Around 85% of people think of themselves as very self-aware, but only 10-15% of people actually are. Relationships usually hit a wall when people aren’t fully aware of their own or others’ needs, or aren’t able to effectively deal with other people’s expressions of those needs.

Two of the most crucial questions to be asking yourself on a consistent basis are “what do I need?” and “what does this other person need?”.  A child doesn’t bother putting up a façade when tired or angry, and adults are still driven by the same basic emotional and physical needs. However, we’re a bit more sophisticated in our approach. So, for example, someone who craves validation may show up as arrogant if they are not self-aware enough to understand their underlying needs and their impact.


So there are some people who simply have limitations in their ability to relate to others effectively?

Yes. 5% of people don’t have the capacity for healthy handling of their emotions or building effective relationships. This small piece of the population must be managed through ‘consequences’ instead of ‘relationship’.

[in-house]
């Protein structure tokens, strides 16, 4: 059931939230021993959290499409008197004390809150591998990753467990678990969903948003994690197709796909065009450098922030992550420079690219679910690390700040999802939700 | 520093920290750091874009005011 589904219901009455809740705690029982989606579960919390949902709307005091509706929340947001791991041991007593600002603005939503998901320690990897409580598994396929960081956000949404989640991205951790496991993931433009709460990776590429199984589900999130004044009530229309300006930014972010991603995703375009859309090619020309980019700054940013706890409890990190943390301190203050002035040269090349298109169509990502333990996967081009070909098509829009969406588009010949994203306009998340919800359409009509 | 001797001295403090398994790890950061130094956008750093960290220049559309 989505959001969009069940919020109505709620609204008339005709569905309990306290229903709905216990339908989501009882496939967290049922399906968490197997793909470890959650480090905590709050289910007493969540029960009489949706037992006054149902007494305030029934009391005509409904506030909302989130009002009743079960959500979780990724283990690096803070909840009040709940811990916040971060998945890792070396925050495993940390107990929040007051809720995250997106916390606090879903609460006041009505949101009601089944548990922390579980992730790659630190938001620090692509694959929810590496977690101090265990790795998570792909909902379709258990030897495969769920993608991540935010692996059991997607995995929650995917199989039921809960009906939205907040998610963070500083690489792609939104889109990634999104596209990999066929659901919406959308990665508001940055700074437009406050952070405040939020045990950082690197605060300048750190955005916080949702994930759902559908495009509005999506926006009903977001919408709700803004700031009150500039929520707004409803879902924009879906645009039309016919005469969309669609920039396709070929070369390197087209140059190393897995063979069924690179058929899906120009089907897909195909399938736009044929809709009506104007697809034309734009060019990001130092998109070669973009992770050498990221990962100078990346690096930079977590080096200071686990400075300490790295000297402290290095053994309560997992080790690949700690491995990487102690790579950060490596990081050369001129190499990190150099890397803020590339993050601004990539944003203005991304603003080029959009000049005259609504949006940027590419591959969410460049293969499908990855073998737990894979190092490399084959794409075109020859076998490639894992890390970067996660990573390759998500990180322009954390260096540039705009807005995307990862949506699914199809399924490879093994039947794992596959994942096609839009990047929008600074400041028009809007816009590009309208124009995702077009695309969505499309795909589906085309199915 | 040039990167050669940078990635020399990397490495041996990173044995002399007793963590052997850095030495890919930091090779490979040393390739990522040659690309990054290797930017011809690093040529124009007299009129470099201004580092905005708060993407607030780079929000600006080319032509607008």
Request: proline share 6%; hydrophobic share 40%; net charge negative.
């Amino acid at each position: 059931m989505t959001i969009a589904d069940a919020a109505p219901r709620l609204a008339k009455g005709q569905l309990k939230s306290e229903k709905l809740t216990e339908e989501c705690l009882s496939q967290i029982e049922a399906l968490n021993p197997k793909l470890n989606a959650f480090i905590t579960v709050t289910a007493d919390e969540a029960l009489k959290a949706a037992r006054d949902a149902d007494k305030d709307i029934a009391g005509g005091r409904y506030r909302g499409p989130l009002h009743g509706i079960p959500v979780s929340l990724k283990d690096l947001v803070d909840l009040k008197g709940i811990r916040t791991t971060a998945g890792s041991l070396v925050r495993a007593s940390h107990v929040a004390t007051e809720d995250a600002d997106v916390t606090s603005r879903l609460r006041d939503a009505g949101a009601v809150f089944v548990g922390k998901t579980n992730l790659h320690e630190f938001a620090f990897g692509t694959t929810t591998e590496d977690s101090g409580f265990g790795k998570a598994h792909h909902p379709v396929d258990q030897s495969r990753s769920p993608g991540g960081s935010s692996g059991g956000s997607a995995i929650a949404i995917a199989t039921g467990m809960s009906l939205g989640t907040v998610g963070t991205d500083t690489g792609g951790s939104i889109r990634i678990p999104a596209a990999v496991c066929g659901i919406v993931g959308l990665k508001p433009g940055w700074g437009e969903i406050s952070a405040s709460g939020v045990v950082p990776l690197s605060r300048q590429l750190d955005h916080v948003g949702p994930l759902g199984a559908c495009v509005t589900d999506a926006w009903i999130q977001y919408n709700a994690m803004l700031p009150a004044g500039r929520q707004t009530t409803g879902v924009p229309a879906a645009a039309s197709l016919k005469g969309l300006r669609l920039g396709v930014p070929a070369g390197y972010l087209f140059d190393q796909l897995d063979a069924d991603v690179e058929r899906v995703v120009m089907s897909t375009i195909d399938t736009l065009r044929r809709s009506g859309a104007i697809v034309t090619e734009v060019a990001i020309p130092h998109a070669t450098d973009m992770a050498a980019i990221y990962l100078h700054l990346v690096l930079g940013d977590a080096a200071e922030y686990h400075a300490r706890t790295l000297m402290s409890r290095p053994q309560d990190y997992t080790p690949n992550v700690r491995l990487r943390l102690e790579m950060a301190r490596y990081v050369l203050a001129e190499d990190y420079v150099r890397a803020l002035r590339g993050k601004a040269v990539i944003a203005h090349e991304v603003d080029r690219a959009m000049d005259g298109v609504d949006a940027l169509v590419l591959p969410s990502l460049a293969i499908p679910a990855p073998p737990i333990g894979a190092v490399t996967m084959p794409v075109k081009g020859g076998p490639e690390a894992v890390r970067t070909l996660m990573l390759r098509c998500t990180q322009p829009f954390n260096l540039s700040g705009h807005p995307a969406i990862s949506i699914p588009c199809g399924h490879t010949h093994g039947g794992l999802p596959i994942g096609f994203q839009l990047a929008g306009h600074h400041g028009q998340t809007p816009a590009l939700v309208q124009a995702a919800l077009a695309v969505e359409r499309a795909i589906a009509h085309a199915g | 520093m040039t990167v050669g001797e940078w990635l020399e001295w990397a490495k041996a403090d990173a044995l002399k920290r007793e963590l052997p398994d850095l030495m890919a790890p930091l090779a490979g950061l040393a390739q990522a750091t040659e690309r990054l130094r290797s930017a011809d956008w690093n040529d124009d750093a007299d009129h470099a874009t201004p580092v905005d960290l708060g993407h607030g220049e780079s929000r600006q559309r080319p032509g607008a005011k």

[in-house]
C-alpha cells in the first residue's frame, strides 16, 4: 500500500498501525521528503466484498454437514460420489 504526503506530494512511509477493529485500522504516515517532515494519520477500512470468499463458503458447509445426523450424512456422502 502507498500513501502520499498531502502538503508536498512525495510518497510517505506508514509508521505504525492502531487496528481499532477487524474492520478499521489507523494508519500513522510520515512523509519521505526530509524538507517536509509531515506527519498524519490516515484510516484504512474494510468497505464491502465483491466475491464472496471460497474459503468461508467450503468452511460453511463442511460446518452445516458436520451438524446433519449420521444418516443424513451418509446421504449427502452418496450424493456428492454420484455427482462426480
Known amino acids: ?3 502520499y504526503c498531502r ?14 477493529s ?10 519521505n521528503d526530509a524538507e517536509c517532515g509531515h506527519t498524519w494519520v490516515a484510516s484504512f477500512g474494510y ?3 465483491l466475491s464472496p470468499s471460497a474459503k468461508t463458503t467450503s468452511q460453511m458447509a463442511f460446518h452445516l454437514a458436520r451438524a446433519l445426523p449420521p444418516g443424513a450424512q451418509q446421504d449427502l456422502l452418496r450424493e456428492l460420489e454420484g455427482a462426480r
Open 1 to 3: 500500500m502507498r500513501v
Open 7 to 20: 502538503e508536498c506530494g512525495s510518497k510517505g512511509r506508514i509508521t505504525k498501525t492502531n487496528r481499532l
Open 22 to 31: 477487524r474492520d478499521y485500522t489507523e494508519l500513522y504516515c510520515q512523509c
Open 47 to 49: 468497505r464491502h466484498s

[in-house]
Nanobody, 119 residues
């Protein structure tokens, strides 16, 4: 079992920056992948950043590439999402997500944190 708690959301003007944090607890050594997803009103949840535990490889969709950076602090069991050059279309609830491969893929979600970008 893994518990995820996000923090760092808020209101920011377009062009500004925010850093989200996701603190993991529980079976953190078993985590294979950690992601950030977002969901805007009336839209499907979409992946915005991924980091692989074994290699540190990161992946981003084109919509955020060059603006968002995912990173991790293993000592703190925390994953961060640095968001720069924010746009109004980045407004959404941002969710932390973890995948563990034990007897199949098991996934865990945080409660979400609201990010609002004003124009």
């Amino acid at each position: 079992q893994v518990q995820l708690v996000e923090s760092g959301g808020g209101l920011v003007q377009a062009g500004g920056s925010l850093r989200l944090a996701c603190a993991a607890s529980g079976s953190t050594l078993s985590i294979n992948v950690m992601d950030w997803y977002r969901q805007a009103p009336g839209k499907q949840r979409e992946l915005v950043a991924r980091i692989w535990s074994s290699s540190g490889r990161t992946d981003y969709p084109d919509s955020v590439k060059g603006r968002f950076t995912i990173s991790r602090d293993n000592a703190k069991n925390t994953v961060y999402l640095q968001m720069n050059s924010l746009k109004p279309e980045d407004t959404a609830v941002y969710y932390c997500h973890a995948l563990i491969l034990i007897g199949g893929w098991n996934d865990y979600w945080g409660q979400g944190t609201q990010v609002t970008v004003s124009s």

That means, of course, that vast majority of people (95%) don’t have any limitations to building mutually respectful and beneficial relationships given the right circumstances. That is, we can lead and collaborate effectively other people through the strength of our relationship with them. So it’s very much worth putting in every effort to creating strong relationships.


How can we identify a behaviour that’s not fixable?

There are three ‘tells’ that let us know if someone belongs to the 5% of people who really cannot build healthy relationships and communicate accordingly:

  1. An inability to “walk in someone else’s shoes.”

The technical term for this is ‘Mentalization’. Most of us have this capacity. We understand that our own knowledge, feelings and thoughts aren’t necessarily known by other people. In a high-pressure and fast-paced corporate environment, it’s easy to forget or dismiss this.

  2. An inability to express emotions maturely and effectively.